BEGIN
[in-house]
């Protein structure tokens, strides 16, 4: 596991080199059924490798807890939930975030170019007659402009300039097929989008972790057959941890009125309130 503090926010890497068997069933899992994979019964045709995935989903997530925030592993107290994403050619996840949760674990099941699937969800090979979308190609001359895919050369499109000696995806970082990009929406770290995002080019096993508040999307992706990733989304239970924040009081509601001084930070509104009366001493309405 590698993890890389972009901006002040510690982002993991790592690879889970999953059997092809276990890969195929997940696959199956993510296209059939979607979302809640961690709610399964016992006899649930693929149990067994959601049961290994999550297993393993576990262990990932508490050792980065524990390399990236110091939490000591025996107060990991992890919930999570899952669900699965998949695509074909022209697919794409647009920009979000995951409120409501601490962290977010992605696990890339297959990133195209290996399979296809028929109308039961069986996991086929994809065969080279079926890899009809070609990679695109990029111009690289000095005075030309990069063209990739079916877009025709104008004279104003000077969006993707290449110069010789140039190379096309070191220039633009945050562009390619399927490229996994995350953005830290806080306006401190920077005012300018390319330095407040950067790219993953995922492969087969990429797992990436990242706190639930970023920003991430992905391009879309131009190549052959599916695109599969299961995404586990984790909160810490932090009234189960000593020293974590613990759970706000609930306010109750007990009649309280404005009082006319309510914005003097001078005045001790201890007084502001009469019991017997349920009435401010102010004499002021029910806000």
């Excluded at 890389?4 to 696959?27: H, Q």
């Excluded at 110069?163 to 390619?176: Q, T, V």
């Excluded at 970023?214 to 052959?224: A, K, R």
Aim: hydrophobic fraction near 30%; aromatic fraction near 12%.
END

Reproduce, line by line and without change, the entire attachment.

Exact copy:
[in-house]
């Protein structure tokens, strides 16, 4: 596991080199059924490798807890939930975030170019007659402009300039097929989008972790057959941890009125309130 503090926010890497068997069933899992994979019964045709995935989903997530925030592993107290994403050619996840949760674990099941699937969800090979979308190609001359895919050369499109000696995806970082990009929406770290995002080019096993508040999307992706990733989304239970924040009081509601001084930070509104009366001493309405 590698993890890389972009901006002040510690982002993991790592690879889970999953059997092809276990890969195929997940696959199956993510296209059939979607979302809640961690709610399964016992006899649930693929149990067994959601049961290994999550297993393993576990262990990932508490050792980065524990390399990236110091939490000591025996107060990991992890919930999570899952669900699965998949695509074909022209697919794409647009920009979000995951409120409501601490962290977010992605696990890339297959990133195209290996399979296809028929109308039961069986996991086929994809065969080279079926890899009809070609990679695109990029111009690289000095005075030309990069063209990739079916877009025709104008004279104003000077969006993707290449110069010789140039190379096309070191220039633009945050562009390619399927490229996994995350953005830290806080306006401190920077005012300018390319330095407040950067790219993953995922492969087969990429797992990436990242706190639930970023920003991430992905391009879309131009190549052959599916695109599969299961995404586990984790909160810490932090009234189960000593020293974590613990759970706000609930306010109750007990009649309280404005009082006319309510914005003097001078005045001790201890007084502001009469019991017997349920009435401010102010004499002021029910806000």
């Excluded at 890389?4 to 696959?27: H, Q």
């Excluded at 110069?163 to 390619?176: Q, T, V």
């Excluded at 970023?214 to 052959?224: A, K, R």
Aim: hydrophobic fraction near 30%; aromatic fraction near 12%.